Creswick Favorites

  • Rob Lowe near the Post Office
    Rob Lowe near the Post Office
    by Kate-Me
  • Favorites
    by Kate-Me
  • filming outside jewellers
    filming outside jewellers
    by Kate-Me

Best Rated Favorites in Creswick

  • Kate-Me's Profile Photo

    Miners Cottage

    by Kate-Me Written Jul 5, 2004

    Favorite thing: This is one example of Miners Cottage style which you can see if you take a walk or drive down Creswick's Melbourne Road, one of the oldest parts of the town.
    Miners cottages are generally older than the Victorian houses, and often started out quite small. Other rooms were then added on at the back as needed, such as a laundry, toilet, or extra rooms as more children came along.

    Related to:
    • Historical Travel

    Was this review helpful?

  • Kate-Me's Profile Photo

    Australasia Mine No 2

    by Kate-Me Updated May 9, 2003
    Australasia Mine No 2
    2 more images

    Favorite thing: This large mullock heap, 2 kms out of town, is all that now remains of Australasia Mine no 2, site of Australia's worst gold mining disaster in 1882.

    In 1882 the town had a population of 27,000 people and legend has it, 50 temporary pubs!
    The town grew rapidly after the discovery of gold in 1851.

    In 1882 Creswick was a thriving town surrounded by 'deep lead' gold mines found beneath the basalt rock.
    Some rich pockets of gold had been discovered there.

    On the day of the disaster, the men were working 250 feet down the mineshaft. Water burst into the shaft 'like a cannon' it was said, and in a few moments the water had increased to a great volume. Men made for the shaft, chased by a mounting wall of water and mud.
    Rescuers did their best get to the trapped men, but the water was several feet high.
    (a total of 41 miners had been working underground that day, and 22 perished)

    * mullock is technically described as being: "all non auriferous sand, clay or bedrock taken out of a mine"
    A memorial to the survivors was erected and can be seen at the mine site, near the pile of white stones covering the mine entrance, along with a static historical display.
    You can climb the mullock heap and see rabbit burrows in the sides, note all the different colours of clay (incl. a pretty pale blue) and see out over the edge of the Creswick township.
    Many other smaller mullock heaps can be seen from this good vantage point.

    You can still pan for gold in Creswick at the Slaty Creek picnic area, off Melbourne Road)
    I was surprised at a recent town meeting at the number of locals who still believe there is a cache of 'hidden gold' still waiting to be discovered....
    Who knows?
    I do know that just a few months ago, a guy with a gold detector found a 22 ounce nugget at a 'secret' site in the region (gold being worth over $500 per ounce, that would have netted him a lot of money!)
    You still need to buy a licence to prospect though, just like in the old days.

    Related to:
    • Budget Travel
    • Family Travel
    • Historical Travel

    Was this review helpful?

  • Kate-Me's Profile Photo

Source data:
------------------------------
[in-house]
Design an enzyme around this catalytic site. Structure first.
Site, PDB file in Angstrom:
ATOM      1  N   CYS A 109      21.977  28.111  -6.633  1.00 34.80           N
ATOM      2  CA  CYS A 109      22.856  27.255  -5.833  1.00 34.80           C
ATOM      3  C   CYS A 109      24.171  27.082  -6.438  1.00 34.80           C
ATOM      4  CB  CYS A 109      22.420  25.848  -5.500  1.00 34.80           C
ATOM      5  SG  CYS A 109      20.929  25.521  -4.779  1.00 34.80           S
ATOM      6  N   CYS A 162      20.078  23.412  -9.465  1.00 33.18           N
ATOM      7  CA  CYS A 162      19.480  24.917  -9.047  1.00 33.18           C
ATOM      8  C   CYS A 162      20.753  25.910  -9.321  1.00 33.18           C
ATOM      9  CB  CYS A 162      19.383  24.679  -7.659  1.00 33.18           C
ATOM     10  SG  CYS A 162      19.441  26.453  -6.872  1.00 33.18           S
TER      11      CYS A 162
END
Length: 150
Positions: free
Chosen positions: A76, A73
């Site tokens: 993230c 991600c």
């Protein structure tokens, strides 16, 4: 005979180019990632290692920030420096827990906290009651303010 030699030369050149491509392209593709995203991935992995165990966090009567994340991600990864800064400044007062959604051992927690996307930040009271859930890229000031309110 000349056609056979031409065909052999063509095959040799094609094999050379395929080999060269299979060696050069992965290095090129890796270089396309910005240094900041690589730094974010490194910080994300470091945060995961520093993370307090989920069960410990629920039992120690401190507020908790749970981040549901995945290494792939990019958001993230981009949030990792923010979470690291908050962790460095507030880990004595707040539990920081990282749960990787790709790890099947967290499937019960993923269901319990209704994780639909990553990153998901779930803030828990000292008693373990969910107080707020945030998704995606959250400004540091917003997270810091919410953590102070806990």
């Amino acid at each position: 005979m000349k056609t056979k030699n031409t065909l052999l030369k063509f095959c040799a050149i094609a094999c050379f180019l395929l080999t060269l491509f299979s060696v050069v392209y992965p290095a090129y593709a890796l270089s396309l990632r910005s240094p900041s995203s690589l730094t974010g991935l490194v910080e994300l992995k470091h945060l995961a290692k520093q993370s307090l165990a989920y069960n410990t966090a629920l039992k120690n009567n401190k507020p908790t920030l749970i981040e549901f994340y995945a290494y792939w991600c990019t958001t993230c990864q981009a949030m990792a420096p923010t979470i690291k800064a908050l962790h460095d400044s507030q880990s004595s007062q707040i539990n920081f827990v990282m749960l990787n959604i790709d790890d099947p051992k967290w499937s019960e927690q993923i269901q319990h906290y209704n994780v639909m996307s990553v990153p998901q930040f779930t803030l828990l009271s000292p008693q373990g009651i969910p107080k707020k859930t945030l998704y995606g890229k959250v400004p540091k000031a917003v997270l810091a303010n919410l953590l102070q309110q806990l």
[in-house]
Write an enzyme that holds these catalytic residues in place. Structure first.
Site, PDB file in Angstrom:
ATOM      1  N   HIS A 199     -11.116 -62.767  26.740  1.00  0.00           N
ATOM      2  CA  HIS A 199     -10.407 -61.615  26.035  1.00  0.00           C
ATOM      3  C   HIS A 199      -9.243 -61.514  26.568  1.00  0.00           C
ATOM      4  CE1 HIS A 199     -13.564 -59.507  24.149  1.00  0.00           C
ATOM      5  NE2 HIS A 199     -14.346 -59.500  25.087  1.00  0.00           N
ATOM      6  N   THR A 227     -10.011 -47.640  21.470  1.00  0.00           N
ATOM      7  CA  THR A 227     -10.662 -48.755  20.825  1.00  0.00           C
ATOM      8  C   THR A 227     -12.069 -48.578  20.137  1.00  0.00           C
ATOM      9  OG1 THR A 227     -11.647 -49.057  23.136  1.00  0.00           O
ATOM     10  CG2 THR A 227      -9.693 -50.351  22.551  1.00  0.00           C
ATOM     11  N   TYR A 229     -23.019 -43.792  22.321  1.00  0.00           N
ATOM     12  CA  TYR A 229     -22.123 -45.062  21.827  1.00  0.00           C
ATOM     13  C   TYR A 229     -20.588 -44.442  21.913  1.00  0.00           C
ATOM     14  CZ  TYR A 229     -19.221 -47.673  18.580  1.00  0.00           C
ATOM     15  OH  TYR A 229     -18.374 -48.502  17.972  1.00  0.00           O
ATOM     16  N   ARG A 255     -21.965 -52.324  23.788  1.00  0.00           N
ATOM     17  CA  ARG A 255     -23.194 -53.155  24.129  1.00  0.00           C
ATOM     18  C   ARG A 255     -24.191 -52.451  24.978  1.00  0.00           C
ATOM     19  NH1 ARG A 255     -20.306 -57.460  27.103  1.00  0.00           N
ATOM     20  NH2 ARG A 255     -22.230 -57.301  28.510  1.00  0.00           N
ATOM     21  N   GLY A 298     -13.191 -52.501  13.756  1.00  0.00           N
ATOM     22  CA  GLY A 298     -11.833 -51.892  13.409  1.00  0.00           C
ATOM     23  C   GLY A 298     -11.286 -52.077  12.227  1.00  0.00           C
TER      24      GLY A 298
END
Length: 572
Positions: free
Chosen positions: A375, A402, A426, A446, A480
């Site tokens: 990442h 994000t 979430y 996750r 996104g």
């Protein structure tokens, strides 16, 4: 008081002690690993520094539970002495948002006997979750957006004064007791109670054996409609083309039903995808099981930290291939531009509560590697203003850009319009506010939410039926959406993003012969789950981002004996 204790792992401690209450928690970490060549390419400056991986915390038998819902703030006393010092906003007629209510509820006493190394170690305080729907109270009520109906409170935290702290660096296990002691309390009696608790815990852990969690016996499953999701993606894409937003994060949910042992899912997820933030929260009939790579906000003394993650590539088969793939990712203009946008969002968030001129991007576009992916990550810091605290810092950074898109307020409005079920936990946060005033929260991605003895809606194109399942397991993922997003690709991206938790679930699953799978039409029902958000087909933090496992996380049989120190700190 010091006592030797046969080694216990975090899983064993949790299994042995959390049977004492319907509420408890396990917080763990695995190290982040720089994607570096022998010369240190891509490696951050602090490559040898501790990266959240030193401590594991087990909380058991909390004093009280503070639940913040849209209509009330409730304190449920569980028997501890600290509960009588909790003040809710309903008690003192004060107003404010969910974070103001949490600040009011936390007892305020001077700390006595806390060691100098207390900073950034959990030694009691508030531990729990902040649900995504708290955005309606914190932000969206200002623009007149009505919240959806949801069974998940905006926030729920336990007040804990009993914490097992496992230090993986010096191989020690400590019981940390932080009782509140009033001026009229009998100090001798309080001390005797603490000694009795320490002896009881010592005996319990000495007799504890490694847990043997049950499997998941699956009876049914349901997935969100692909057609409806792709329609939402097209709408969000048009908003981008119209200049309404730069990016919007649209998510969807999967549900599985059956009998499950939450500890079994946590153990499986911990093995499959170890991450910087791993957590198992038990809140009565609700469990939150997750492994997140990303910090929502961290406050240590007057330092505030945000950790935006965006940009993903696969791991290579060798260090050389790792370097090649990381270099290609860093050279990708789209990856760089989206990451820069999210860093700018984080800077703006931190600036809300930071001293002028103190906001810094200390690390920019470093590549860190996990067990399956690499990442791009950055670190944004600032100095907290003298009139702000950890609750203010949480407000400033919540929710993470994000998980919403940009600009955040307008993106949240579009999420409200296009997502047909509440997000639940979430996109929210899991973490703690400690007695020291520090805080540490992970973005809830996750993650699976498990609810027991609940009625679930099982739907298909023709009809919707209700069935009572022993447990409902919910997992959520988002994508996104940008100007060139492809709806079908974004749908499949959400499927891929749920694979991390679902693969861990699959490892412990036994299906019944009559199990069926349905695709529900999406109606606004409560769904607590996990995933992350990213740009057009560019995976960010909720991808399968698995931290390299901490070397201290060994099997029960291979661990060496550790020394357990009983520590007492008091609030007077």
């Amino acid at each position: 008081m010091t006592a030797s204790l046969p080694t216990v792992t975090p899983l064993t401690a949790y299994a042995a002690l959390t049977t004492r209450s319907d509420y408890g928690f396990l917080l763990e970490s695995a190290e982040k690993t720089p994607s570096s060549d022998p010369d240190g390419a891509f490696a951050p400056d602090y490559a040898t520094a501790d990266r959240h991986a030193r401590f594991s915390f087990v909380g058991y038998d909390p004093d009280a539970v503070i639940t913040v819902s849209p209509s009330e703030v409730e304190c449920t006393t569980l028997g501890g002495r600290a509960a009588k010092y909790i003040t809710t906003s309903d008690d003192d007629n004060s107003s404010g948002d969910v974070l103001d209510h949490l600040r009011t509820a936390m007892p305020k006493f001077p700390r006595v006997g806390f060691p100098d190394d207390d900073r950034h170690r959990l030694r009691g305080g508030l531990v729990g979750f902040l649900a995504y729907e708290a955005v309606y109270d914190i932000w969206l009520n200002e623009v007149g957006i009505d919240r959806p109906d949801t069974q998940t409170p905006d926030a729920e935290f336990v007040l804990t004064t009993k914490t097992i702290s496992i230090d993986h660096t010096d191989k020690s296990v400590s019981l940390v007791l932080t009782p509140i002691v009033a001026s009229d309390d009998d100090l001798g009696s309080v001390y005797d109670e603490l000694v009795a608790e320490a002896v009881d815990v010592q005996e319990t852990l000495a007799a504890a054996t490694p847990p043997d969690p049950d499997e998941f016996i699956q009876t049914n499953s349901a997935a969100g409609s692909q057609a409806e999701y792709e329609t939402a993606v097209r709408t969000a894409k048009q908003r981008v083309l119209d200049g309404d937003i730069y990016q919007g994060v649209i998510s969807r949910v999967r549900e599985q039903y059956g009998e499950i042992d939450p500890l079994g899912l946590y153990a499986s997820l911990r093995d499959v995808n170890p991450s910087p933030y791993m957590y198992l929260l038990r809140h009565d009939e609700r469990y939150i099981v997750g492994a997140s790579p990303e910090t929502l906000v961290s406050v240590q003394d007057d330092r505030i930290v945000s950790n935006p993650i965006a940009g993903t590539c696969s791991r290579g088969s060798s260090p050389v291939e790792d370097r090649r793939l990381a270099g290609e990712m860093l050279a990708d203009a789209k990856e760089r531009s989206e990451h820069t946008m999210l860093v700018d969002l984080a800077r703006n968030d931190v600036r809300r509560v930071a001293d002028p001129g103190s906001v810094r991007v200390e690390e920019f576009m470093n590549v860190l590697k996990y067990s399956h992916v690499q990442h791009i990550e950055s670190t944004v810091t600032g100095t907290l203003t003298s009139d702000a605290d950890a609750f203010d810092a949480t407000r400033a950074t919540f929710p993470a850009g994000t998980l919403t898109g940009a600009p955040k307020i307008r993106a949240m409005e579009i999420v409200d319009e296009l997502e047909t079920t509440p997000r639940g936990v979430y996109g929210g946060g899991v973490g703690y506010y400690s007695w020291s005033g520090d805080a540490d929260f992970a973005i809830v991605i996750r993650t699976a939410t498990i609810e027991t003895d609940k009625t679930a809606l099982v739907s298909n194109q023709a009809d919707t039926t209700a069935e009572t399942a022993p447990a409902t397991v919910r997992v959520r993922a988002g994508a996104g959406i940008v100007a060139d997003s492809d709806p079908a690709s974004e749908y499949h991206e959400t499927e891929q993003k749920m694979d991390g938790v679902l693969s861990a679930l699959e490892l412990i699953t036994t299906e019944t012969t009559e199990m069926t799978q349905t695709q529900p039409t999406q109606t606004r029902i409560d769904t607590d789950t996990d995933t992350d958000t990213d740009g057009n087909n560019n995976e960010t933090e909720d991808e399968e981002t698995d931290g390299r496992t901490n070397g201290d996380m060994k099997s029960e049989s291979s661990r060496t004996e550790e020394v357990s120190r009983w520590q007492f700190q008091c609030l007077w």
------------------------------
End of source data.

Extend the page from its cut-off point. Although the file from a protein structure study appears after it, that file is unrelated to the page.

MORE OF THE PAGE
Victorian School of Forestry

    by Kate-Me Updated Apr 30, 2003
    School of Forestry

    Favorite thing: Creswick is commonly known as the "Home of Forestry" due to the presence of the internationally accredited Victorian School of Forestry, which has a long tradition in the town (starting in 1912 in some of the buildings which formed part of the original Creswick Hospital)
    At Creswick students spend years 2 and 3 of their 4 year Bachelor of Forest Science Degree. (Years 1 and 4 are spent at Melbourne University).
    For some, it is their first taste of life living in the country. The school is set in large attractive grounds, surrounded by many different types of trees (labelled for identification) and is particularly pretty in the autumn with the changing colours of its deciduous trees). The rear of the school backs close to a hillside blue gum plantation (planted by the students about 13 years ago) and the Creswick State (pine) Forest. Beside it is another important industry, the Timber Training Centre.
    After completing their Forestry degree, students then have the skills to move into employment areas such as Forest Management, Research, Fire Management and Forest Consulting.
    There are also post graduate courses offered.
    The school is a very important part of Creswick's past and present, and in recent years, has undergone multi million dollar extensions.

    Related to:
    • Study Abroad

    Was this review helpful?

  • Kate-Me's Profile Photo

    Forestry School II

    by Kate-Me Updated Aug 1, 2003

    Favorite thing: The Forestry School autumn foliage is rather pretty..and the lack of foliage in winter allows you to see Tremearne House much more clearly than usual. The buildings here belonged to the old Creswick Hospital until around 1912, when the Forestry School began. Tremearne House had been the first doctor's grand Victorian style residence.

    Related to:
    • Study Abroad
    • Budget Travel
    • Family Travel

    Was this review helpful?

  • Kate-Me's Profile Photo

    Rotunda 1

    by Kate-Me Updated Jul 26, 2003
    after Salem's Lot
    1 more image

    Favorite thing: The recently restored historic Rotunda in Creswick's main street, just after the filming of Salem's Lot, as the rotunda's fake 'salem tiles' were removed to reveal once more the new corrugated iron roof.

    Related to:
    • Budget Travel
    • Family Travel

    Was this review helpful?

  • Kate-Me's Profile Photo

    Village Antiques

    by Kate-Me Updated Feb 17, 2006
    Jewellers
    4 more images

    Favorite thing: This was a very interesting Antique store during the movie...established about 1522...but of course it's not real, just a convincing jeweller's shop in the Salem's Lot movie.
    In modern day times, this building is now a Real Estate agent's office.

    Related to:
    • Budget Travel
    • Family Travel

    Was this review helpful?

  • Kate-Me's Profile Photo

    Filming